Valéry Clavien and Nicolas Rossier, the duo behind the Swiss architectural practice clavienrossier architectes hes / sia have realised this striking renovation of a family house located in a picturesque Alpine region of Valais. Dating back to 19th-century, the original building included a vast adjacent barn which has been partially demolished in the course of the modernisation and later rebuilt following architects’ plans. The new design of the house, which has been significantly reduced in size, is based around an idea of a ‘strong contrast between the remaining part and the new structures’.
From the architects:
‘Situated away from a small village in the middle of the Swiss Alps (Canton of Valais), this 19th century house included an adjacent barn and had a too vast volume to be renewed in its totality. The existing building had no special qualities apart from the thick stone walls hidden by external plaster cement. The double-sided pitched roof was too low to allow us seeing the surrounding landscape from the garret floor. The existing windows were small; a large part of the volume was blind, half the building was being used as a barn. Consequently, we preferred to intervene directly on the existing building, walls and roof included.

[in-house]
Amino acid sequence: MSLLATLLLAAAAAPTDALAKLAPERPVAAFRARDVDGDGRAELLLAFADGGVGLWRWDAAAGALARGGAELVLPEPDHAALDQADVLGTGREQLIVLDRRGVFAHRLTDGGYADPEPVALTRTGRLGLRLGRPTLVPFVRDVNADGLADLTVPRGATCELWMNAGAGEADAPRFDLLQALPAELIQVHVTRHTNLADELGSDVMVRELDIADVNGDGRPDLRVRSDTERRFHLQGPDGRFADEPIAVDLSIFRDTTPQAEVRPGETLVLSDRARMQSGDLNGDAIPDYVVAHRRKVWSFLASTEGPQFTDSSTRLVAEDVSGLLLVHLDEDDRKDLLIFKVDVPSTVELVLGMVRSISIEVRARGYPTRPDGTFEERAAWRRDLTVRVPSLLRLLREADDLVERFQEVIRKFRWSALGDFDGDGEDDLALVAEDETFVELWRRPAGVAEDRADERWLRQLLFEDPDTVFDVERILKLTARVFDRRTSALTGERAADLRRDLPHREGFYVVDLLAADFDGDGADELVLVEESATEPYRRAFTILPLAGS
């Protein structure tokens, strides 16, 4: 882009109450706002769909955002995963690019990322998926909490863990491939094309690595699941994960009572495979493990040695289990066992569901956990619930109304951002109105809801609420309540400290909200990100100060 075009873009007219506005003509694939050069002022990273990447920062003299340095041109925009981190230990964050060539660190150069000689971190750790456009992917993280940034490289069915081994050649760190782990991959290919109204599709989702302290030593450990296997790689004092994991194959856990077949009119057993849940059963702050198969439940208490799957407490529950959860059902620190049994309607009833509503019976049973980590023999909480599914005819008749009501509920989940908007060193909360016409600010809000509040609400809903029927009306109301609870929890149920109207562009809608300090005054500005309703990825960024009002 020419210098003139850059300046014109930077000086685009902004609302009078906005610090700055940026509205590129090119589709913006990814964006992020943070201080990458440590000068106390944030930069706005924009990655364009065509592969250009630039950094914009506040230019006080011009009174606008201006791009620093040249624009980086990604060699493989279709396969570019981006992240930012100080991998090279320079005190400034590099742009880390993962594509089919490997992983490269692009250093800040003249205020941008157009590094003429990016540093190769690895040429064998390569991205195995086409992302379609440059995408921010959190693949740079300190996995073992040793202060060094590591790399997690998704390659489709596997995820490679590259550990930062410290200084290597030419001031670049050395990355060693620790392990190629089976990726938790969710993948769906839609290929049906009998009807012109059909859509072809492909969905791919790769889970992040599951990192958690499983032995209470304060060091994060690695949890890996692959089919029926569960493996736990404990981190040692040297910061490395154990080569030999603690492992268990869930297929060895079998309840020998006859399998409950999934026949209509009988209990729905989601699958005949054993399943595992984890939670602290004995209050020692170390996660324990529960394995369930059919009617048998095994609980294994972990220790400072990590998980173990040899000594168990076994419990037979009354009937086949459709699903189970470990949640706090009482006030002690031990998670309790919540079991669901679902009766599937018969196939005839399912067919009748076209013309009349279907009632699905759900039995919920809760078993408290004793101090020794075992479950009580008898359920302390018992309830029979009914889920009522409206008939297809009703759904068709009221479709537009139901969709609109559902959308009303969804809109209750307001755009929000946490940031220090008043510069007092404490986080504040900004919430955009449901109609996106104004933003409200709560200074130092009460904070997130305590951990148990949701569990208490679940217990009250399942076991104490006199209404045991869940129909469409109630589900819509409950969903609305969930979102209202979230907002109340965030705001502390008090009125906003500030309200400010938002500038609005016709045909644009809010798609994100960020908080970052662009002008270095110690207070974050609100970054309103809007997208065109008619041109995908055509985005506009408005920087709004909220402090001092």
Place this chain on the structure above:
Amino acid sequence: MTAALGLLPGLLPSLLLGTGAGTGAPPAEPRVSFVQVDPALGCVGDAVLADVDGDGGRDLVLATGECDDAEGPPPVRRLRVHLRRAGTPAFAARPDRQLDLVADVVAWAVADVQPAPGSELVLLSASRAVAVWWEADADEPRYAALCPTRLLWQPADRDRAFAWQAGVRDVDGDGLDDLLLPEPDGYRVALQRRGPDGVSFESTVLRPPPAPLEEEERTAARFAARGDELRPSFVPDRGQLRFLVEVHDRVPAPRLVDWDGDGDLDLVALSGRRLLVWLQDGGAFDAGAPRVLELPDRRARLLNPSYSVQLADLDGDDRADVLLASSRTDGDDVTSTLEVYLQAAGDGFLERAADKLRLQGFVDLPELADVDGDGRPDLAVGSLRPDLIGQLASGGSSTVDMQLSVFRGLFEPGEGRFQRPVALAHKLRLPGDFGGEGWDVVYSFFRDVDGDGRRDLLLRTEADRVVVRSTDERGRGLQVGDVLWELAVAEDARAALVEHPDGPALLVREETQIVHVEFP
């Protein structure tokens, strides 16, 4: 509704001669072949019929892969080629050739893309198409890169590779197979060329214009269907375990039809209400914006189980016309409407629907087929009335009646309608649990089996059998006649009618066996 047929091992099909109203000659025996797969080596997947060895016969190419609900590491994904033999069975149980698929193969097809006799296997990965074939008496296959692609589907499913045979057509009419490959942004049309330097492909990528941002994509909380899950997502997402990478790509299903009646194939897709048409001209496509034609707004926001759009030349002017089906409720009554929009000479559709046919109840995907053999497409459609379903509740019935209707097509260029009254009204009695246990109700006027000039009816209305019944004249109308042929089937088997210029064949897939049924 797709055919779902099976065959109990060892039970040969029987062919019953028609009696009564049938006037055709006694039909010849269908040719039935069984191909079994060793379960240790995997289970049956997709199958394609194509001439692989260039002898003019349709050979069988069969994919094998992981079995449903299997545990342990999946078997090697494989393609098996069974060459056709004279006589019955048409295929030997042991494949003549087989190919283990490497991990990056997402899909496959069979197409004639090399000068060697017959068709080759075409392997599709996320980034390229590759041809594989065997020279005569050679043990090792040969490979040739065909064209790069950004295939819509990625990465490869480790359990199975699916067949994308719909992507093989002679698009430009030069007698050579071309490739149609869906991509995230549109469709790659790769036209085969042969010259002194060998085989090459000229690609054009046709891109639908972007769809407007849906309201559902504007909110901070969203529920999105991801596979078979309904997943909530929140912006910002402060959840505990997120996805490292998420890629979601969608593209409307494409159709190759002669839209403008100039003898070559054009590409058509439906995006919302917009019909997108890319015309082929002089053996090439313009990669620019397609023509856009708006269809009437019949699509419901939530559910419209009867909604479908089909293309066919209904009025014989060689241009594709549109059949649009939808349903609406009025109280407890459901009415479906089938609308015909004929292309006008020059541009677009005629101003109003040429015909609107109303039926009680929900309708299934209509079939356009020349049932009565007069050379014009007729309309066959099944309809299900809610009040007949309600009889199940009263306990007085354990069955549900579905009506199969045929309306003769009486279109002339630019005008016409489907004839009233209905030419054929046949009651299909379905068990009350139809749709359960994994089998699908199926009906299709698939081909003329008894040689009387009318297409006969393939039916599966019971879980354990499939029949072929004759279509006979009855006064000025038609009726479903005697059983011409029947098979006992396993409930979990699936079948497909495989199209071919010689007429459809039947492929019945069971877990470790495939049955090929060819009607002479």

‘We kept what was useful for the project, cellars, first floor and half of the second floor of the old house, demolished the remaining elements and rebuilt according to new rules that was made especially for the project. We wanted to create an ensemble that could communicate with its environment, vineyards, stone walls and the Alps. This way of intervening was as well a response to the client, not to transform the totality of the existing building, cost-wise. We were able to reduce the existing 320 square meters down to 230 square meters.’
‘We wanted to create a strong contrast between the remaining part and the new structures. We chose to oppose clear geometric lines with existing rough old stone walls. Volumes of visible tinted concrete replaced the double-sided roof and the transformed area. We tried to create an ensemble, to establish a dialogue with the existing. That was the reason why we opted for a massive construction made in reinforced concrete, with a stone-like color.’